In a new report, the Sony PlayStation 4 and Microsoft Xbox One graphics processing units have been analyzed and compared one more time. No prizes for guessing which console comes out on top.
We already know that the PlayStation 4 packs far more powerful hardware under the hood, when compared to the Xbox One. This has been achieved while keeping the size of the console box at a minimum as well as coming up with a more attractive design and pricing (a full $100 cheaper) than Microsoft’s offering.
While we already knew that the PS4 GPU packed 50% more Shader Cores, the new report also brings to light the fact that Sony’s console packs a GPU with twice the ROPs as well. That’s a 100% more ROPs than the Xbox One. A ROP, or Render Output Unit, is one of the last few steps when rendering a frame in modern graphics processing units The increased number of ROPs translate to twice the pixel fill rate on the PS4. In case you’re wondering how the 25.6 Gigapixels/s number was attained, the formula is really simple.
Pixel Fill Rate = Core Clock Speed x ROPs
*In this case, the core clock speed is 800 MHz, and the number of ROPs is 32.
Of course, while gaming at say 1080p, a higher pixel fill rate won’t necessarily translate to better performance in games (while keeping the number of pixels needing to be filled on the screen a constant). Modern GPUs are more focused on increasing the ‘Texture Fill Rate’ (basically the number of textured pixels that a GPU can render on-screen per second) as that would help processing the far more demanding shading techniques.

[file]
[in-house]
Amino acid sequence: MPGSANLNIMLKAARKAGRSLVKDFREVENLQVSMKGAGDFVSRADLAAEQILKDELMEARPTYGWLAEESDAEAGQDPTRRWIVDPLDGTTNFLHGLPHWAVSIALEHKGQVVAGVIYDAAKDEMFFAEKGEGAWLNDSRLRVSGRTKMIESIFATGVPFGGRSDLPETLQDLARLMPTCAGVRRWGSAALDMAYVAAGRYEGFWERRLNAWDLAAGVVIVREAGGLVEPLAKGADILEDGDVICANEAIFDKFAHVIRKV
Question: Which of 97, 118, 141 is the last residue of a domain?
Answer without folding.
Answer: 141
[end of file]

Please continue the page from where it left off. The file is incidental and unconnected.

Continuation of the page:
Texture Fill Rate = Core Clock Speed x Number of TMUs*Texture mapping units
The image states that while the Xbox One packs the entry-level Bonaire GPU, the more powerful (HD 7800) Pitcairn core, both energy-efficient and performance packed, can be found in the PS4.
But… Just by packing more powerful hardware, a console does not win over competition. If developers were to use the Xbox One hardware level as their reference development platform, the highest graphical fidelity that we’ll see in next-generation games will be limited by the power of Microsoft’s console. While this also means that the PS4 might end up performing far better in multi-platform games, thanks to the more powerful hardware, the console will hardly be pushed to the max. We’ll have to leave that to console exclusives (I expect Naughty Dog to blow our minds away with their PS4 title next year).
Image credit: GameChup
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